May God forgive me, I love the New Jersey Turnpike._ While many make jokes about the highway and call it a “vast wasteland,” I have decided that it is really a mammoth joke, a satirical sculpture aimed at poking fun at the Industrial Revolution. Certainly, no one could ever allow the bewildering collection of oil tanks, derricks, reeking smokestacks belching pollution and huge electrical towers to proliferate on purpose.

I have a new friend, one Jeffrey Page who scribbles for the Bergen Record. Who knows Jersey better than a man from Bergen? He wrote, “The New Jersey Turnpike, at least the northern part, is an adventure. Its abstract expressionist shapes, strange lines and angles, concentration of various transport, kinetic energy and tumult, wildlife and history, the things you see from it, its concrete and iron and rubber, its noise and smells and speed, make it a thing of gritty beauty.

“South of New Brunswick, it’s just another highway in a countryside so self-righteously rural it might as well be in Oklahoma,” Page insists.

My man, Jeff.

Of course, part of my attraction is that the pike is a vital, 122-mile link between the George Washington Bridge and the Delaware Bridge, between Cobb Manor and Fort Myers, between zero wind-chills and 80-degree, balmy weather, between six-foot ice piles and the Red Sox playing in a shockingly green field.

I cannot be alone in my appreciation for the toll road. Chuck Berry, way back in the 1950s started his song “You Can’t Catch me” with the lyrics, “New Jersey Turnpike in the wee, wee hours, I was rollin’ slowly cause of drizzlin’ showers.”

Every “Sopranos” episode starts with Tony S. getting his ticket for the turnpike.

In the first (and best) “Godfather,” guess where the tollbooth was where Sonny Corleone was cut to pieces? The Jersey Pike. When Clemenza says, “Take the gun, leave the cannoli.” It looks like Jersey Turnpike land to me.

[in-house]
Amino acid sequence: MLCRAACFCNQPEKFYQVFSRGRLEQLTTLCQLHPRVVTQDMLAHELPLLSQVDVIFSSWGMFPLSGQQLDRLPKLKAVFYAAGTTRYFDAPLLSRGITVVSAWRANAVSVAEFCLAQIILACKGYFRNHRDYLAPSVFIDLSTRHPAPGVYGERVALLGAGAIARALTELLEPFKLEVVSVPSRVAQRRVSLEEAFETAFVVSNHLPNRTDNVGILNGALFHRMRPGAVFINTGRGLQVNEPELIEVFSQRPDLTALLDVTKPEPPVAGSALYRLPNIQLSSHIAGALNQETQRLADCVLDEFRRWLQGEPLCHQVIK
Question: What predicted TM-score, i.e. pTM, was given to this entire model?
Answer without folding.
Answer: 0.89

In Goodfellas, they had to be driving on the pike to get rid of at least one of those bodies, “to be compacted by our friend in Jersey.”

For your information, a section of the turnpike and the surrounding land between Elizabeth and Newark has been called “the most dangerous two miles in America” by New Jersey Homeland Security officials, due to the high volume of traffic in conjunction with the density of potential terrorist targets in the surrounding area.

The pike is among the most heavily traveled in the United States with a shade more than 200 million cars a year. Imagine. Surprisingly, the 122-mile project took only two years to complete. More than 450 homes in a dilapidated section of Elizabeth were razed for the project. Try to do that today.

The turnpike was considered the pinnacle of highway building in the 1950s. The Interstate Highway System took some of its design guidelines by copying the turnpike’s design guidelines.

A hint to the hidden artistic nature of the pike is the naming of some of the rest areas. Designees for this questionable honor are Walt Whitman, James Fenimore Cooper and Joyce Kilmer. But also famed are New Jersey residents Richard Stockton (died a pauper at 52 after signing the Declaration of Independence), Woodrow Wilson, Clara Barton, pioneer John Fenwick, Molly Pitcher, Thomas Edison, Grover Cleveland, Alexander Hamilton and, of course, Vince Lombardi.

The turnpike generates revenue of $359 million a year and efforts to privatize the pike have been resisted, so far.

But to me, the most amazing facet of the New Jersey Turnpike is that it makes downtown Baltimore look almost pretty.

Send complaints and compliments to Emmet Meara at